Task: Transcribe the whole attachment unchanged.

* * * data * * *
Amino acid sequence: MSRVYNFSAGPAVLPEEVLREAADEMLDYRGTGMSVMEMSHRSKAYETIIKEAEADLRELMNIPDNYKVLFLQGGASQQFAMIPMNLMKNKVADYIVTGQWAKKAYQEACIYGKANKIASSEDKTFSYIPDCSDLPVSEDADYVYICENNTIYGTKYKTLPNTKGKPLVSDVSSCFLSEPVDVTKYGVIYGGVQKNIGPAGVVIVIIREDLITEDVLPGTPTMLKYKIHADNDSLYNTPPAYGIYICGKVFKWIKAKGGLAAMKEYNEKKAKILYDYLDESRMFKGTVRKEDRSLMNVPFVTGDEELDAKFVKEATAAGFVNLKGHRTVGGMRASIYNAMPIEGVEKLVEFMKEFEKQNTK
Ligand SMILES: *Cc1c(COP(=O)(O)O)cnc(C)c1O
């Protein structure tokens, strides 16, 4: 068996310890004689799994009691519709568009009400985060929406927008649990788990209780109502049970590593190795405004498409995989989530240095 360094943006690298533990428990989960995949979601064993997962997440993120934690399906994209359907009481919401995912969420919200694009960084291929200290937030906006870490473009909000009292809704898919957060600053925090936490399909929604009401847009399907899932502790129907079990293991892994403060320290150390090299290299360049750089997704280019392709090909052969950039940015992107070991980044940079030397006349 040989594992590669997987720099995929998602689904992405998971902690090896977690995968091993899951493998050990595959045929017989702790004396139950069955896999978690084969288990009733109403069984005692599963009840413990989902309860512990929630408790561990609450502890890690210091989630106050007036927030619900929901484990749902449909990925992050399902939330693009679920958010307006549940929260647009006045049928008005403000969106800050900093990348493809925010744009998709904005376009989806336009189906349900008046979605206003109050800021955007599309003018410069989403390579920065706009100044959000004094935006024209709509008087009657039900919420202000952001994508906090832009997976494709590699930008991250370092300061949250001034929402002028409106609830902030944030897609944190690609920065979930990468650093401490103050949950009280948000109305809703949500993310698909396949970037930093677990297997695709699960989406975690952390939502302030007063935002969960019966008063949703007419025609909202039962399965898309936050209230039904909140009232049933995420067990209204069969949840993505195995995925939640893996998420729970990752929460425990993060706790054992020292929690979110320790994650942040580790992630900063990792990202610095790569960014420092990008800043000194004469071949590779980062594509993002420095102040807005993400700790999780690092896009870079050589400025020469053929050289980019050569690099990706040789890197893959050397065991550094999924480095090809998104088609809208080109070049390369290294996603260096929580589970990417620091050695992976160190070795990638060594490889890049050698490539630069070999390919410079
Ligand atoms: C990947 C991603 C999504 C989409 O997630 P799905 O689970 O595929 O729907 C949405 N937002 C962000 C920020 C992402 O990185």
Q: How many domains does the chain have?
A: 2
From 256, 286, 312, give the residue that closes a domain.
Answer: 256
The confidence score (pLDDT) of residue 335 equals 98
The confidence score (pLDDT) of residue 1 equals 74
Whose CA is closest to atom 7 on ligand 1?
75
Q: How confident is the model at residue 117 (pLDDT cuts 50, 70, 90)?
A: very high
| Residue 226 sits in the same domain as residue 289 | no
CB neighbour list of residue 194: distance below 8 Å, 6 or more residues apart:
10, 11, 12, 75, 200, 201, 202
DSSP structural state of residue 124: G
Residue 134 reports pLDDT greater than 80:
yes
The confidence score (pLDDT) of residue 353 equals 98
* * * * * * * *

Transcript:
Amino acid sequence: MSRVYNFSAGPAVLPEEVLREAADEMLDYRGTGMSVMEMSHRSKAYETIIKEAEADLRELMNIPDNYKVLFLQGGASQQFAMIPMNLMKNKVADYIVTGQWAKKAYQEACIYGKANKIASSEDKTFSYIPDCSDLPVSEDADYVYICENNTIYGTKYKTLPNTKGKPLVSDVSSCFLSEPVDVTKYGVIYGGVQKNIGPAGVVIVIIREDLITEDVLPGTPTMLKYKIHADNDSLYNTPPAYGIYICGKVFKWIKAKGGLAAMKEYNEKKAKILYDYLDESRMFKGTVRKEDRSLMNVPFVTGDEELDAKFVKEATAAGFVNLKGHRTVGGMRASIYNAMPIEGVEKLVEFMKEFEKQNTK
Ligand SMILES: *Cc1c(COP(=O)(O)O)cnc(C)c1O
């Protein structure tokens, strides 16, 4: 068996310890004689799994009691519709568009009400985060929406927008649990788990209780109502049970590593190795405004498409995989989530240095 360094943006690298533990428990989960995949979601064993997962997440993120934690399906994209359907009481919401995912969420919200694009960084291929200290937030906006870490473009909000009292809704898919957060600053925090936490399909929604009401847009399907899932502790129907079990293991892994403060320290150390090299290299360049750089997704280019392709090909052969950039940015992107070991980044940079030397006349 040989594992590669997987720099995929998602689904992405998971902690090896977690995968091993899951493998050990595959045929017989702790004396139950069955896999978690084969288990009733109403069984005692599963009840413990989902309860512990929630408790561990609450502890890690210091989630106050007036927030619900929901484990749902449909990925992050399902939330693009679920958010307006549940929260647009006045049928008005403000969106800050900093990348493809925010744009998709904005376009989806336009189906349900008046979605206003109050800021955007599309003018410069989403390579920065706009100044959000004094935006024209709509008087009657039900919420202000952001994508906090832009997976494709590699930008991250370092300061949250001034929402002028409106609830902030944030897609944190690609920065979930990468650093401490103050949950009280948000109305809703949500993310698909396949970037930093677990297997695709699960989406975690952390939502302030007063935002969960019966008063949703007419025609909202039962399965898309936050209230039904909140009232049933995420067990209204069969949840993505195995995925939640893996998420729970990752929460425990993060706790054992020292929690979110320790994650942040580790992630900063990792990202610095790569960014420092990008800043000194004469071949590779980062594509993002420095102040807005993400700790999780690092896009870079050589400025020469053929050289980019050569690099990706040789890197893959050397065991550094999924480095090809998104088609809208080109070049390369290294996603260096929580589970990417620091050695992976160190070795990638060594490889890049050698490539630069070999390919410079
Ligand atoms: C990947 C991603 C999504 C989409 O997630 P799905 O689970 O595929 O729907 C949405 N937002 C962000 C920020 C992402 O990185």
Q: How many domains does the chain have?
A: 2
From 256, 286, 312, give the residue that closes a domain.
Answer: 256
The confidence score (pLDDT) of residue 335 equals 98
The confidence score (pLDDT) of residue 1 equals 74
Whose CA is closest to atom 7 on ligand 1?
75
Q: How confident is the model at residue 117 (pLDDT cuts 50, 70, 90)?
A: very high
| Residue 226 sits in the same domain as residue 289 | no
CB neighbour list of residue 194: distance below 8 Å, 6 or more residues apart:
10, 11, 12, 75, 200, 201, 202
DSSP structural state of residue 124: G
Residue 134 reports pLDDT greater than 80:
yes
The confidence score (pLDDT) of residue 353 equals 98